Islamabad mulls regional moot on Kabul

Conference of regional FMs part of diplomatic push to prevent civil war in Afghanistan

Kamran Yousaf August 09, 2021
An Afghan policeman keeps watch at the check post on the outskirts of Kabul, Afghanistan July 13, 2021. PHOTO: REUTERS


Pakistan is likely to host a regional conference on Afghanistan to be attended by foreign ministers of the immediate neighbours of the war-torn country as well as other stakeholders as part of a diplomatic push to prevent a civil war there.

“We are planning to host foreign ministers of the key regional countries on the Afghan situation,” a senior Pakistani official told The Express Tribune requesting anonymity.

The official added that they could not provide the list of invitees. However, sources said foreign ministers of the neighbours of Afghanistan including Russia, China, Iran and other stakeholders including Turkey would attend the conference.

The idea behind the initiative is to discuss the latest situation and evolve a consensus in order to prevent a civil war in Afghanistan.

The neighbours of Afghanistan are concerned that the deteriorating situation in the war-torn country would have a negative impact on the region.

Pakistan has a central role in the Afghan endgame, but as the situation deteriorates in the neighbouring country, there are elements within Afghanistan as well as in the US which are holding Islamabad responsible for the mess.

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Officials familiar with the development said Pakistan would counter such allegations at all levels as it insisted that the civil war in Afghanistan would harm the country more than anyone else.In order to counter what Pakistan says is baseless propaganda by certain quarters in Afghanistan, Islamabad’s civil and military leadership discussed a counter strategy last week.

While Pakistan contemplates hosting the foreign ministers of regional countries, the plan to organise a meeting of leaders of different factions of Afghanistan is now in doldrums.

Pakistan was supposed to host the “Afghan Peace Conference” last month as part of its diplomatic initiative to bring all Afghan players on board.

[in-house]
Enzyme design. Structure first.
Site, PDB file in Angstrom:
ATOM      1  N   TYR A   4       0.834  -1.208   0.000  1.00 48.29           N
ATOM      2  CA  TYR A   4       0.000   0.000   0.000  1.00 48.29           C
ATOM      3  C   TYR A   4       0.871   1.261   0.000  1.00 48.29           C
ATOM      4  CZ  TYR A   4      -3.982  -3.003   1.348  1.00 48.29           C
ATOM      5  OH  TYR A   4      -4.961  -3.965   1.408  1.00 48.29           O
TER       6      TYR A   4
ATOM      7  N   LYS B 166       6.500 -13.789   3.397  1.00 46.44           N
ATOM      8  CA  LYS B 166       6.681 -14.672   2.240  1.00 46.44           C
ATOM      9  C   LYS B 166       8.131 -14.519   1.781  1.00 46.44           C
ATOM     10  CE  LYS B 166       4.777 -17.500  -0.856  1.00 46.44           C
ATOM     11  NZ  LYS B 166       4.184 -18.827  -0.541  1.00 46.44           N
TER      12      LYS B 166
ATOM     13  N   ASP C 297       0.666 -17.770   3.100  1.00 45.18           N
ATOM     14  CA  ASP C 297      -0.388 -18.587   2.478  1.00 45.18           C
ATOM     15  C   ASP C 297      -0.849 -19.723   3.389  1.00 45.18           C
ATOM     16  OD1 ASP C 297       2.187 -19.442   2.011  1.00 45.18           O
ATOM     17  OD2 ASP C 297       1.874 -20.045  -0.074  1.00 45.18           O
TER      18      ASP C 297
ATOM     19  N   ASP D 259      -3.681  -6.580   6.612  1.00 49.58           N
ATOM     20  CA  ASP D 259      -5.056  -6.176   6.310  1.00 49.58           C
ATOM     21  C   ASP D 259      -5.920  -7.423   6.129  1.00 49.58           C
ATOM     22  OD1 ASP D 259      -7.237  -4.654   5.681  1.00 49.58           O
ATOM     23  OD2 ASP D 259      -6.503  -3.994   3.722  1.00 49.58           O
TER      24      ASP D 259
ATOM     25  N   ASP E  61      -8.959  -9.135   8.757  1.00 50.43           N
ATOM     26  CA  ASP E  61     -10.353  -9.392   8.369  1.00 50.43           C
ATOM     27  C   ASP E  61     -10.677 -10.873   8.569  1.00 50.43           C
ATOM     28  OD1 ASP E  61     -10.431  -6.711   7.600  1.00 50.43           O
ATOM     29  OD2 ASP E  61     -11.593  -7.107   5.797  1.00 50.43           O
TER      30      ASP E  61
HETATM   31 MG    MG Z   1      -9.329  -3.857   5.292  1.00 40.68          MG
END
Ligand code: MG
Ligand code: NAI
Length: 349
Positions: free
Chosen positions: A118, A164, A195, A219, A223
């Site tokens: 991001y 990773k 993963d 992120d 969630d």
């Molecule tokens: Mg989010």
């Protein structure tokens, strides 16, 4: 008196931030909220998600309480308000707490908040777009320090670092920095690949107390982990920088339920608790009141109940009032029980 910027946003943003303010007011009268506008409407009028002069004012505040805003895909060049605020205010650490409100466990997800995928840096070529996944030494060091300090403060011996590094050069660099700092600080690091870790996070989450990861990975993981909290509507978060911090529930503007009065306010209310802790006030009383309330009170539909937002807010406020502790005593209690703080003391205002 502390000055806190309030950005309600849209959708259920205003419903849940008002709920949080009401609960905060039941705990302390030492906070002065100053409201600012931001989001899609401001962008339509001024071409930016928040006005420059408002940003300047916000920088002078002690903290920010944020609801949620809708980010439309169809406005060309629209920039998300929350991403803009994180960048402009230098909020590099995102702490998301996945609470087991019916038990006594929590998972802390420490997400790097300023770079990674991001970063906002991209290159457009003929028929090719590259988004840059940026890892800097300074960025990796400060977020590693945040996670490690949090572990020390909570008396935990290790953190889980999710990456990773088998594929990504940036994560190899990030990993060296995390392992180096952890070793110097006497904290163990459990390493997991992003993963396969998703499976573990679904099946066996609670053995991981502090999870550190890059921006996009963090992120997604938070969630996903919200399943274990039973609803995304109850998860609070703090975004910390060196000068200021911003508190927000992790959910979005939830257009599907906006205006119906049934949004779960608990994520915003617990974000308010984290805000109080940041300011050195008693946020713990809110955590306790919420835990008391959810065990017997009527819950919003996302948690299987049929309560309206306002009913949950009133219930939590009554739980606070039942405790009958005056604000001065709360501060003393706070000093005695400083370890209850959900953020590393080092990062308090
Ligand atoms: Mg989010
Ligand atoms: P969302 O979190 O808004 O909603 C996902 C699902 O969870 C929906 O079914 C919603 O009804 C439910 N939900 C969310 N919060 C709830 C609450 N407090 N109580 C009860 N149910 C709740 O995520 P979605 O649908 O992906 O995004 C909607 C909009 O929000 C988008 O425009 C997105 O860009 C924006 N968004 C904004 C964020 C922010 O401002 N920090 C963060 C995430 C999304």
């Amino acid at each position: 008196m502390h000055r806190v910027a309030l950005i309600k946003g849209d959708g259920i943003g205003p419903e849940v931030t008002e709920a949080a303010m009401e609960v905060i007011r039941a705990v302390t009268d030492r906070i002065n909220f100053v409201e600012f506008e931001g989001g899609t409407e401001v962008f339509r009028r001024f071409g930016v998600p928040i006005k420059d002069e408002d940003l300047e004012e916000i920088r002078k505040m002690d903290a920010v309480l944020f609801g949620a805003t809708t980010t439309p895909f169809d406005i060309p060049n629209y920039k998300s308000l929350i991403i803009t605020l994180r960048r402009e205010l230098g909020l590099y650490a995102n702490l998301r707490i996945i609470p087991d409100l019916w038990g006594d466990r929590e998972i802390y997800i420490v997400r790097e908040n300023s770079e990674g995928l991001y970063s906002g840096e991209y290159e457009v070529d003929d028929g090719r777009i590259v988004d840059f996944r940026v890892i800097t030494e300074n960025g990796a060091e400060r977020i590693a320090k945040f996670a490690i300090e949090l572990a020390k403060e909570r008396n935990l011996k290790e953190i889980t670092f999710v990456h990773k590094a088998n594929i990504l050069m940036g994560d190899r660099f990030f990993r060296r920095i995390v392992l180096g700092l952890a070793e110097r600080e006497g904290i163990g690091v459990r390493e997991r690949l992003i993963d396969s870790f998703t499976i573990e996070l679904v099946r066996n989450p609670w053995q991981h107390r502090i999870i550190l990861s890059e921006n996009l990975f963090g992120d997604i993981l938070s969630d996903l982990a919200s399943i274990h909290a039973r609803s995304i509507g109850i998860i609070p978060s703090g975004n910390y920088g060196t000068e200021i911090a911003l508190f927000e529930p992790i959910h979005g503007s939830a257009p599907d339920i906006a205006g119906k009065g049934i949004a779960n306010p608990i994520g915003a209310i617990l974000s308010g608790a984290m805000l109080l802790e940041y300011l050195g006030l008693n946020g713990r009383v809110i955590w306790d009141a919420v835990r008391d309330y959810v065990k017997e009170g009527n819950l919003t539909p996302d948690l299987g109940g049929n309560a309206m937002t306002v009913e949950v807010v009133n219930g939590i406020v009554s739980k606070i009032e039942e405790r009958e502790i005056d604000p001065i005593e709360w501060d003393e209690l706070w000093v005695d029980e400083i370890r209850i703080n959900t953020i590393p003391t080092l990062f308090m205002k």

The conference, however, was postponed after the Ghani administration refused to send a delegation.
The sources said the conference’s idea had now been shelved altogether given the deepening mistrust between Pakistan and the Afghan government.

According to the sources, while Pakistan would continue to seek a political settlement in Afghanistan, the focus would now be on securing the border to minimise the impact of the Afghan civil war.

Pakistan has already fenced the 2,600km long border with Afghanistan coupled with introducing a new mechanism that regulates the movement of people between the two frontiers.

Another aspect of the strategy includes stepping up the campaign against the banned Tehreek-e-Taliban Pakistan (TTP), which is likely to get emboldened against the backdrop of the Afghan Taliban’s victory.

Pakistan’s efforts to persuade the Afghan Taliban to take action against the TTP were met with lukewarm response.

Therefore, the sources said Pakistan had decided to fight its own battle instead of pinning hopes on others to take on the TTP.

There has been a sudden spike in TTP terrorist attacks since the US and NATO forces started withdrawing from Afghanistan and as a result, the Taliban started making rapid inroads.


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